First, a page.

Plastic Waste Ingested by Worms Threatens Marine Food Chains
Small fragments of plastic waste are damaging the health of lugworms, putting a key cog in marine ecosystems at risk. Published in Current Biology, a new study by scientists at the University of Exeter and the University of Plymouth shows the impact of microplastics on the marine worms' health and behavior. By exposing specimens to contaminated sediment in a laboratory, the researchers were able to observe a 50 percent reduction in energy reserves and other signs of physical harm.
According to the study, the lugworms feed less and breed less in areas heavily contaminated by microplastics and the harmful chemicals used to manufacture them. These include plasticizers, dyes and antimicrobials which, when discarded into the ocean, may also harm a multitude of sea creatures both large and small.
When plastic litter breaks down into pieces smaller than five millimeters in diameter, it becomes known as microplastics. Such microplastics have spread across the planet and researchers have only begun to discover the extent to which they are affecting marine wildlife. Small animals regularly mistake microplastics for food. Because plastic takes up room in their digestive systems without providing any nutrition, the animals that consume it are at risk of illness, malnourishment and starvation. Given that it is estimated that plastic makes up to 60-80 percent of all ocean debris, the impact on ecosystems could become a formidable challenge for environmentalists across the globe.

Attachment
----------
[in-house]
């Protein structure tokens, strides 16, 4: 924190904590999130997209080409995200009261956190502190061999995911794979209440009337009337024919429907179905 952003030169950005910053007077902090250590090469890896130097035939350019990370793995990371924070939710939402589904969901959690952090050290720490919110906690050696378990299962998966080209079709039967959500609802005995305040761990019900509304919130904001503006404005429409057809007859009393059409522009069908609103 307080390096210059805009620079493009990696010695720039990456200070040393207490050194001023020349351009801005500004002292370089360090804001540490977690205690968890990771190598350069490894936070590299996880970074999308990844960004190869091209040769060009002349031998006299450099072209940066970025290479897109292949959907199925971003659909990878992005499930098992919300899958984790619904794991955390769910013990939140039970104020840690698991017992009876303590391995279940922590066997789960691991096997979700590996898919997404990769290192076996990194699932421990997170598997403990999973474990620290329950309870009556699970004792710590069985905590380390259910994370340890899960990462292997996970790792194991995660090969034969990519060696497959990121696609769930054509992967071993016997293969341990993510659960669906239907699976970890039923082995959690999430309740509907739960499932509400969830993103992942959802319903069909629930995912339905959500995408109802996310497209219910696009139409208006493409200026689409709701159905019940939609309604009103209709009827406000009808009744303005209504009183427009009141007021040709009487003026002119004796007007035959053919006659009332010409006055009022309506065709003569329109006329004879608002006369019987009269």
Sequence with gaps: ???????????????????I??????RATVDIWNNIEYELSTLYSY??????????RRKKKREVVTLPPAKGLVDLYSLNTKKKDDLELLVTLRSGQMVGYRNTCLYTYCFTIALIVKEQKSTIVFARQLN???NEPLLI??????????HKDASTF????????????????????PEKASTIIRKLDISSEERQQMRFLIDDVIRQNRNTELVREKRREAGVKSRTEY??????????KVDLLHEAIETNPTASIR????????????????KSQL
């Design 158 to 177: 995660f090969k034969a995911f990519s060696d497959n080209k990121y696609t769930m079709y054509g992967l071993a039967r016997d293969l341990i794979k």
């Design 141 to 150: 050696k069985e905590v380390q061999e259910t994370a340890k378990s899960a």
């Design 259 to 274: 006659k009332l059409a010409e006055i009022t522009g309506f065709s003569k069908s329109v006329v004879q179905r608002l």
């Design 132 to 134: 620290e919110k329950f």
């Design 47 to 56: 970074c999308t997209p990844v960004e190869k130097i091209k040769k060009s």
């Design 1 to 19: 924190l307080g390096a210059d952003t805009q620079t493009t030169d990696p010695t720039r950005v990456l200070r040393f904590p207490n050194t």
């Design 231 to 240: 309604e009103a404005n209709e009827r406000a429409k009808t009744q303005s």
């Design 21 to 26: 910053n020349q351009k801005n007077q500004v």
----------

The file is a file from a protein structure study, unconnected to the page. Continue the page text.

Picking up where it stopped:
Lugworms are an important food source for many marine species, and play a pivotal role in maintaining sediment quality. Because of their foundational position, reductions in lugworms would likely be echoed by impacts on many ocean communities.
"They are the earthworms of the sea; they keep the sediment healthy for other animals and microorganisms to thrive in," says Tamara Galloway of the University of Exeter and co-author of the report. "These effects could cause populations to decline with knock-on effects for predators. Reduced feeding also means the sediment is being re-worked less. The condition of the sediment could fall, leading to a decline in the communities which live in it."
The findings of this study could represent an ominous precedent, as it is likely that many other small animals are being impacted in similar ways with similar ecological consequences.
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Lugworm via Shutterstock